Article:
Because of our limited understanding of hair cell development and the lack of specific hair cell markers, the exact mechanisms underlying hair cell regeneration in mammals are still not known conclusively. Studies of hair cell regeneration have relied on morphological recovery or regeneration of hair cell stereociliary bundles. However, regrowth of the stereociliary bundles used to identify the presence of hair cells may occur slowly, and damaged hair cells may be able to repair themselves even though their stereocilia are sheared off (Sobkowicz et al., 1992). Identification of specific hair cell markers and understanding of the initial hair cell differentiation events during normal development will facilitate our studies on the mechanisms of hair cell regeneration. Although previous immunohistochemical studies have revealed that some neuronal markers such as antibodies recognizing calcium-binding proteins are able to label not only inner ear ganglion neurons but also hair cells (Sans et al., 1986; Dechesne et al., 1993;Pack and Slepecky, 1995; Stone et al., 1996), the expression of the calcium-binding proteins in hair cells has not been linked to hair cell differentiation and survival. In addition, comparison of calcium-binding proteins as hair cell markers with phalloidin has not been made.
In the present study, we have screened for numerous markers known to label selective populations of nervous and epithelial cells. These markers included lectins and molecules specific for neuroepithelial, epithelial, neuronal, and glial cells. Of these, antibodies recognizing calcium-binding proteins including calretinin, calmodulin, and parvalbumin labeled immature hair cells in rat vestibular end organs. In particular, calretinin antiserum labeled the initial, presumptive differentiating hair cells at E15, 2 d earlier than the appearance of stereociliary bundles as revealed by phalloidin staining. The selective immunoreactivity of postmitotic, early differentiating hair cells, including those that have not acquired stereociliary bundles, was also seen in early postnatal utricular epithelial sheet cultures and utricular sections. Using calretinin as an early hair cell marker, we performed experiments in utricular epithelial sheet cultures to study the cellular mechanisms of hair cell regeneration. We obtained evidence that a few mitotic utricular supporting cells in the cultures have the capacity to differentiate into calretinin-positive cells, presumably new hair cells, although the frequency was very low. In addition to hair cell regeneration, hair cell survival is also critical for maintaining normal hearing and balance functions. We therefore performed cell counts of calretinin-positive, presumptive utricular hair cells at different developmental time points and determined whether apoptosis occurs during normal vestibular hair cell development. Using double labeling with calretinin and terminal deoxynucleotidyl transferase-mediated dUTP nick end labeling (TUNEL), we observed that differentiated vestibular hair cells underwent apoptosis in vivo and in vitro. Taken together, these results advance our understanding of the development and regeneration of mammalian vestibular hair cells.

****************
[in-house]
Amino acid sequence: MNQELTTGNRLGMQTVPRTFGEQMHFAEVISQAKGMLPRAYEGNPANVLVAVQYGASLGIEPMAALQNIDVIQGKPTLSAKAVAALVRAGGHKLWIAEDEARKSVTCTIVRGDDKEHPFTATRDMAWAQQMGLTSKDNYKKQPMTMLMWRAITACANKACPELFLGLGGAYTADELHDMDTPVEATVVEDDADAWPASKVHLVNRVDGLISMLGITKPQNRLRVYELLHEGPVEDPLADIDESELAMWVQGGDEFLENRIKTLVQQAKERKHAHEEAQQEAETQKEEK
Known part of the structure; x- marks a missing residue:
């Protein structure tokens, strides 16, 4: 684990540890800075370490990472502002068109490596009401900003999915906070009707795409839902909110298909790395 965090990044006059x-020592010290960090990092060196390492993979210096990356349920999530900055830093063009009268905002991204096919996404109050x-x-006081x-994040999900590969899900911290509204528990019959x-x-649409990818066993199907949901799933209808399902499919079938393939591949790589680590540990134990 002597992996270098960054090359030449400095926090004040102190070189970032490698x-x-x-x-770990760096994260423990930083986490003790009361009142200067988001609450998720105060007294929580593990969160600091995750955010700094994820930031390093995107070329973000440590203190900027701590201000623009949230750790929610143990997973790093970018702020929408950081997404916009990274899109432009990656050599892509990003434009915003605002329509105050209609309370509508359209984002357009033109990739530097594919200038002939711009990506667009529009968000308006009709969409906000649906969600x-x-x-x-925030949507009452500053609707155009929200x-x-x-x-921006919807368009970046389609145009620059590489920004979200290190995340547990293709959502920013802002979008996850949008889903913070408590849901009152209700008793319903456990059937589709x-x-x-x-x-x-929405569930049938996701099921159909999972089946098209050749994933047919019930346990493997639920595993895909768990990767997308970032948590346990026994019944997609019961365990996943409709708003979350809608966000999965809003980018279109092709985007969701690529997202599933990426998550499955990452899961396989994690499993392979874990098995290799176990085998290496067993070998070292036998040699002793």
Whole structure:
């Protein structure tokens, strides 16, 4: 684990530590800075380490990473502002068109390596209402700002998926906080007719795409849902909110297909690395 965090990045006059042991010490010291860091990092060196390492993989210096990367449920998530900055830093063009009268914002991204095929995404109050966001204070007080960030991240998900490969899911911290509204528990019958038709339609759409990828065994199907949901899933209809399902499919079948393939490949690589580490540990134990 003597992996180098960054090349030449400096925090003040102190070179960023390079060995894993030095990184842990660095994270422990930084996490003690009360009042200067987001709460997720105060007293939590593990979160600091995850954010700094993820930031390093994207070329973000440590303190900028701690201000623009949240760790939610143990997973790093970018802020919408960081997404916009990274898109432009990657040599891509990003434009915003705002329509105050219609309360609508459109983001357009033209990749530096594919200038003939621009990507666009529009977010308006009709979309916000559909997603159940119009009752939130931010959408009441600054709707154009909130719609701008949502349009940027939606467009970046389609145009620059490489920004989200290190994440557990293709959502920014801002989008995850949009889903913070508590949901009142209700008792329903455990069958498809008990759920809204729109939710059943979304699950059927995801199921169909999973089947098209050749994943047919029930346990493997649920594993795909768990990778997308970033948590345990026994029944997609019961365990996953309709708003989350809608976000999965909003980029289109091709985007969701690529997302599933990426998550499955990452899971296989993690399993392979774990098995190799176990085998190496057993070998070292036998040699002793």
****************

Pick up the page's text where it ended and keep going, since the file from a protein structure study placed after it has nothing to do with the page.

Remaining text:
MATERIALS AND METHODS
Cryostat sections. Inner ear tissues dissected from E13 through postnatal day (P) 7 Wistar rats were immediately fixed in 4% paraformaldehyde in 0.1 m phosphate buffer, pH 7.4, for 1–2 hr. The preparations were rinsed in PBS, cryoprotected in a 30% sucrose solution, and embedded in OCT (Miles, Elkhart, IN). Twenty micrometer sections were cut, collected on microscopic slides, and stored at −20°C for immunohistochemistry.